Nine red kites and four buzzards have been found in the last week near Conon Bridge in the Highlands.
Police, the RSPB, the Scottish SPCA and experts from the Scottish Agricultural College are working to investigate the wildlife crime.
A police spokesman said post-mortem examinations are ongoing but poison has been detected in "several of the birds". Further tests are to be carried out on the rest of the raptors.
All of the dead birds have been discovered in a two square mile area to the south east of Conon Bridge around Conon Brae, Balvail, Leanaig and Alcaig.
The spokesman said: "Following multi-agency searches, which initially began on Monday March 24, further dead birds have been recovered increasing the total to that of 13 birds of prey, consisting of nine red kites and four buzzards.
"Post-mortem examinations of the recovered birds is ongoing but the presence of poison in several of the birds has already been established. The presence of poison confirms our early assessment of criminal involvement in the deaths."
Police are appealing for any witnesses who have seen anything suspicious in the area.
Officers are also advising anyone who finds any further dead bird of prey to note its location and inform them, without attempting to recover it.
The RSPB described the deaths as "shocking" and is considering offering a reward for information.
Duncan Orr-Ewing, head of species and land management at the conservation charity, said: "This is devastating news and confirms our worst fears. This appalling incident highlights the very real threat illegal poisoning poses to fantastic species like red kites.
"The vulnerable Black Isle population in particular has been repeatedly hit by deaths due to illegal poison use. The Chilterns population in southern England is nearly 10 times bigger, yet both projects started at the same time in 1989 with the same number of birds released into the wild.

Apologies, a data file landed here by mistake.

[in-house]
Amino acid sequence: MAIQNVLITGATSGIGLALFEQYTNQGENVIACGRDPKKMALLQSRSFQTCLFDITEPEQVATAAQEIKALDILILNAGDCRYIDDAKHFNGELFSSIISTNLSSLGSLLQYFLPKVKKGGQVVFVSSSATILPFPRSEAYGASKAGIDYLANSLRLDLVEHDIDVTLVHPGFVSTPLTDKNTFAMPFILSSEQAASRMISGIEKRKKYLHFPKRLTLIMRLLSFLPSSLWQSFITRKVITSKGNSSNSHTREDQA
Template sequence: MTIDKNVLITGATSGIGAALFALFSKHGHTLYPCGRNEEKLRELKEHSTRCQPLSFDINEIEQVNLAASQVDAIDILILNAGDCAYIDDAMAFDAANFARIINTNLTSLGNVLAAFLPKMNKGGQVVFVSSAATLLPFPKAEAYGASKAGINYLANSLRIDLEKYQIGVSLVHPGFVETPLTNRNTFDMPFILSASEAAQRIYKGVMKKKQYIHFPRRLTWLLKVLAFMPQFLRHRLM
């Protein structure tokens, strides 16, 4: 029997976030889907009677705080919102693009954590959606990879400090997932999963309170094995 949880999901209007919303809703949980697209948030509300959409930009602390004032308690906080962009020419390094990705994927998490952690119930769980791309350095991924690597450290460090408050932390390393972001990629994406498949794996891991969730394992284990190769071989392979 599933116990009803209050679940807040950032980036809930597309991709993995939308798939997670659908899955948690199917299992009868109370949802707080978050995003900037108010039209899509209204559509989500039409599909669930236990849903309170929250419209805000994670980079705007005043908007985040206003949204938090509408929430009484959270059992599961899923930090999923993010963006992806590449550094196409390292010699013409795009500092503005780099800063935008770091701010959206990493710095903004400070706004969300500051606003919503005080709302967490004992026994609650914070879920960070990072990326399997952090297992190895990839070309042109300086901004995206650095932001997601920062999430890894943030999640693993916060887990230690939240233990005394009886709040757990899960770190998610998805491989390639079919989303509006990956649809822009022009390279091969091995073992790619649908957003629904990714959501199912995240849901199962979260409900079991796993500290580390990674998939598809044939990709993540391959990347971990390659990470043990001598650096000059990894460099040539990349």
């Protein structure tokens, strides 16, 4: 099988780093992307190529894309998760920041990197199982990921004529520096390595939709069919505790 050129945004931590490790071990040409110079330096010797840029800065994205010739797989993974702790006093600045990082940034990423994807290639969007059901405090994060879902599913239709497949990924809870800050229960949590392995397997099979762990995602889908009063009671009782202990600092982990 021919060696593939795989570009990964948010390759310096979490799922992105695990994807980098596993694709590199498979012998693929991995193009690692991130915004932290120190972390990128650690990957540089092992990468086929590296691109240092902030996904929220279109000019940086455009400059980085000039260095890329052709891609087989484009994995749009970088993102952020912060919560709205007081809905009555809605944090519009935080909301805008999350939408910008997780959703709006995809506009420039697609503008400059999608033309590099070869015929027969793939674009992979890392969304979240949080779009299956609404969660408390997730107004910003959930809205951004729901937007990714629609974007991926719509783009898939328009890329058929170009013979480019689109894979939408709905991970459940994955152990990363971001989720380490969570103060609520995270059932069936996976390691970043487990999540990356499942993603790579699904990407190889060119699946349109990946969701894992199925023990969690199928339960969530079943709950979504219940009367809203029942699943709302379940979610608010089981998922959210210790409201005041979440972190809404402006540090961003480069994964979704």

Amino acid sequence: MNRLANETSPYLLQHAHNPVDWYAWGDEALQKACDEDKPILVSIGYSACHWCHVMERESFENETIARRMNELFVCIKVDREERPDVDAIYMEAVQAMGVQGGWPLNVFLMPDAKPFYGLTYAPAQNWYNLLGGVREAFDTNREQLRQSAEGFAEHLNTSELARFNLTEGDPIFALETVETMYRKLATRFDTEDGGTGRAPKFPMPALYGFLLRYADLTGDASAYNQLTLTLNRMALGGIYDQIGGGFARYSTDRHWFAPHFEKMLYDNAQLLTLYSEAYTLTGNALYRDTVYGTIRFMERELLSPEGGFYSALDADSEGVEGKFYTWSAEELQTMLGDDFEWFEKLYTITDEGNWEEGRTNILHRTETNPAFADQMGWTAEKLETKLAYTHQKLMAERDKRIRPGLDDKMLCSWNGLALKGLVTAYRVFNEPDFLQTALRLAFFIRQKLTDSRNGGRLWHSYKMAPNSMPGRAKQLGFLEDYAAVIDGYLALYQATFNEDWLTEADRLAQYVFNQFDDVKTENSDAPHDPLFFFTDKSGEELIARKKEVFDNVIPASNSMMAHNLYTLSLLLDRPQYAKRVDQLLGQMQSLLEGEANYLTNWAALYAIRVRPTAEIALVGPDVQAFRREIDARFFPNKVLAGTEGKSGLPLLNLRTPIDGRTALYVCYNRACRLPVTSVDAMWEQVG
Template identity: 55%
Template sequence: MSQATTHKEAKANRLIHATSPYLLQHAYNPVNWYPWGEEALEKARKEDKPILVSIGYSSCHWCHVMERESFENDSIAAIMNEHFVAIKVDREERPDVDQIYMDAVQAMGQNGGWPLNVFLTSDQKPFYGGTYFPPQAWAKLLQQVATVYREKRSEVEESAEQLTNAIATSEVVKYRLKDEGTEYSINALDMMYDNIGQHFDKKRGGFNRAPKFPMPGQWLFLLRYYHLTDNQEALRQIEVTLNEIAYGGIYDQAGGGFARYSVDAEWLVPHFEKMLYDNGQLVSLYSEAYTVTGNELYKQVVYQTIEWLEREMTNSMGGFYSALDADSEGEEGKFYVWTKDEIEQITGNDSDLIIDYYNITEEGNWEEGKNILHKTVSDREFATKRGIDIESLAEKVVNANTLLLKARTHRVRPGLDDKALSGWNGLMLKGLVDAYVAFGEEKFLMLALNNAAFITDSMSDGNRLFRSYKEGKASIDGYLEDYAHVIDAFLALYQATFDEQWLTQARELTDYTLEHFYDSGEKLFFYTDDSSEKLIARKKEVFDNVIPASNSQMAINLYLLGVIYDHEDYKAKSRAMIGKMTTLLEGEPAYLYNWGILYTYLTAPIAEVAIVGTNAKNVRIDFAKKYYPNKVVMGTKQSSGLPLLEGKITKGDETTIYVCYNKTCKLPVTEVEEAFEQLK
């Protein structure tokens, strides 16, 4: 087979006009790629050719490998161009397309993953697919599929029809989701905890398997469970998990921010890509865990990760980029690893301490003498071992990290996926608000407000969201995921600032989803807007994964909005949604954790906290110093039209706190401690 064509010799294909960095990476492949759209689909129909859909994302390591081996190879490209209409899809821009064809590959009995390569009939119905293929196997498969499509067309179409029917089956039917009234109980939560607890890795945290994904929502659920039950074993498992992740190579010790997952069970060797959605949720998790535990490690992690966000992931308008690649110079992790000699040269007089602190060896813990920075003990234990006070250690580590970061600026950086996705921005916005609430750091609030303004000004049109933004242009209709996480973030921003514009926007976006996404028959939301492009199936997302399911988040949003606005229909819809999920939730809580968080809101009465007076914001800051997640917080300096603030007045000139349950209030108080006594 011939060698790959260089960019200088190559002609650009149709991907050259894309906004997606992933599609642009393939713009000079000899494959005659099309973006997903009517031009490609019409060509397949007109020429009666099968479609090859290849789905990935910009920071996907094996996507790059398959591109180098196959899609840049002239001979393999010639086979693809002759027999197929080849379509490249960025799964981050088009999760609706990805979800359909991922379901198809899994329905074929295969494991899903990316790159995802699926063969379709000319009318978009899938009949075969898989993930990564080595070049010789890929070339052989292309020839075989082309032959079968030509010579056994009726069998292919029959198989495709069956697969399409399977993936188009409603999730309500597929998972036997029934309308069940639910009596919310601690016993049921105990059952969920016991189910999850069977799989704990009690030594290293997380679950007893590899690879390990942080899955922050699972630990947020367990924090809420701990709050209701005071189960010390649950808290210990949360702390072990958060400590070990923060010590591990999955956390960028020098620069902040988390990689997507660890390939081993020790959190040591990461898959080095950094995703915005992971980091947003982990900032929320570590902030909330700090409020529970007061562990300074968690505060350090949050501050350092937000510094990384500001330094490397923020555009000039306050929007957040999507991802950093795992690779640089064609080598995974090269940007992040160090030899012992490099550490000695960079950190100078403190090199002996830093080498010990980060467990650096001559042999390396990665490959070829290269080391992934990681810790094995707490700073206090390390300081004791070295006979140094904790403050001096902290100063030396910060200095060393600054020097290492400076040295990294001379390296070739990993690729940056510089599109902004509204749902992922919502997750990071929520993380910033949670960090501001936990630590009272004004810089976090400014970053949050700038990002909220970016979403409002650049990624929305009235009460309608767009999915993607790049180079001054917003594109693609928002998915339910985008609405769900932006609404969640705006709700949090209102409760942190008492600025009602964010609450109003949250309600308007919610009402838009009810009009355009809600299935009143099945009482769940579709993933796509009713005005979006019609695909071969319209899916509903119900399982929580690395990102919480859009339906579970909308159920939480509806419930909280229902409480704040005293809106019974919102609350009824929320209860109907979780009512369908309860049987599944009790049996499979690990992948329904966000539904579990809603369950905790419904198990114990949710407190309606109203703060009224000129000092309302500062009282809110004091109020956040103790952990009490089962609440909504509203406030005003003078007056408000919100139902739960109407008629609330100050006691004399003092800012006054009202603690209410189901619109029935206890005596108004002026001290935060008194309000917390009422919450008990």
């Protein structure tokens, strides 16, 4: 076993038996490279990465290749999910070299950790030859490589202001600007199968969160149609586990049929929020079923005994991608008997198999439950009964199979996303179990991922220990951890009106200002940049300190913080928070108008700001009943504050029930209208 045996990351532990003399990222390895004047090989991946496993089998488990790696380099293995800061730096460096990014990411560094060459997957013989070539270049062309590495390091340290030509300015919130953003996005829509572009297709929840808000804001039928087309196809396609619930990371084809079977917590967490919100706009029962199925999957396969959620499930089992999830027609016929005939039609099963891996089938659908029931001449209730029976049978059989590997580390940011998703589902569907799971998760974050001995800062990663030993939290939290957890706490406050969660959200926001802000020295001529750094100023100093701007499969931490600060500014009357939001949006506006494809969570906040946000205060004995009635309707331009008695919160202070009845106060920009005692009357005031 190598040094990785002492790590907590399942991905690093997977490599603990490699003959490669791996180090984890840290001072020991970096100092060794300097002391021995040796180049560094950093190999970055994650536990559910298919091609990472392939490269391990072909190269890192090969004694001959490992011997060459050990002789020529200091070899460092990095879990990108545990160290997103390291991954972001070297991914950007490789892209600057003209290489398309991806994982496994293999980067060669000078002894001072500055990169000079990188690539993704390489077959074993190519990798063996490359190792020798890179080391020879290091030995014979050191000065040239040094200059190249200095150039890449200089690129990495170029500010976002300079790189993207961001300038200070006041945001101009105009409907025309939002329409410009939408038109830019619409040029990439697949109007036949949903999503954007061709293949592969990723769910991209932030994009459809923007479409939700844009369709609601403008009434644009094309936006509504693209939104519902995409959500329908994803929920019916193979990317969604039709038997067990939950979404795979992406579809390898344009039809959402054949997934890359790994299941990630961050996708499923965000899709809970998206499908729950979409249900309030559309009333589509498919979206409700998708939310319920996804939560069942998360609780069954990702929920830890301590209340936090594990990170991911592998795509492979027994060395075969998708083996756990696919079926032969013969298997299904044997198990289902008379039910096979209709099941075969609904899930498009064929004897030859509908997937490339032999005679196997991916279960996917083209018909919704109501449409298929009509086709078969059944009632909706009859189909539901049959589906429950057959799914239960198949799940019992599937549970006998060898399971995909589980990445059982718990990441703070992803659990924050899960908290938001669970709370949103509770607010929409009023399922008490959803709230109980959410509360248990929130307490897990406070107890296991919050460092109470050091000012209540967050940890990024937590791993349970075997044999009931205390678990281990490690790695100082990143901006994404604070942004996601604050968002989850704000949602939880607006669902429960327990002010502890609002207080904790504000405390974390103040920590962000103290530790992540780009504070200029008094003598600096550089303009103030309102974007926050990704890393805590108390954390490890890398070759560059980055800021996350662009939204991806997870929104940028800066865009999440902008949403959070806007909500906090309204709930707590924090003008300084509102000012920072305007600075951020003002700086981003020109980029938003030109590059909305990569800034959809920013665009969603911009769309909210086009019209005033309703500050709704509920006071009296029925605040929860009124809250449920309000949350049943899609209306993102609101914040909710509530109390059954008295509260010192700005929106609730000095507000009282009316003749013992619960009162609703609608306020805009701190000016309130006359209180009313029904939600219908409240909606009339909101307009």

"That is a shocking indictment on behaviour of some in this part of rural Scotland.
"We urge anyone with information relating to this incident to contact Police Scotland so the perpetrators can be identified and brought to justice. We are considering offering a substantial reward for information that leads to a successful conviction and will be discussing this with the police."
Scottish Gamekeepers Association chairman Alex Hogg said: "The discovery of so many birds in one area is unprecedented and alarming.
"Police Scotland deserve as much help as possible as they try to deal with the situation so we continue to encourage people to help them if they know anything.
"The indiscriminate use of poison is unacceptable and condemned by the Scottish Gamekeepers Association."
The deaths come as figures for 2013 showed that six birds of prey were illegally poisoned last year.
A red kite, a golden eagle and four buzzards were poisoned in 2013, double the number for the previous year but well below a peak of 30 in 2009.
Figures from the Partnership for Action Against Wildlife Crime (PAW) Scotland reveal there were a total of 15 recorded crimes against birds of prey including shootings, trappings and nest destruction last year.
The RSPB said the figures are ''very worrying'' and show that birds continue to be persecuted in the Scottish countryside, whether by deliberate or accidental means.
A map published by PAW Scotland shows the location of all recorded crimes against birds in 2013. Two of the poisoning cases were discovered in Perthshire, two near Stirling, with one in Angus and the other south of Edinburgh.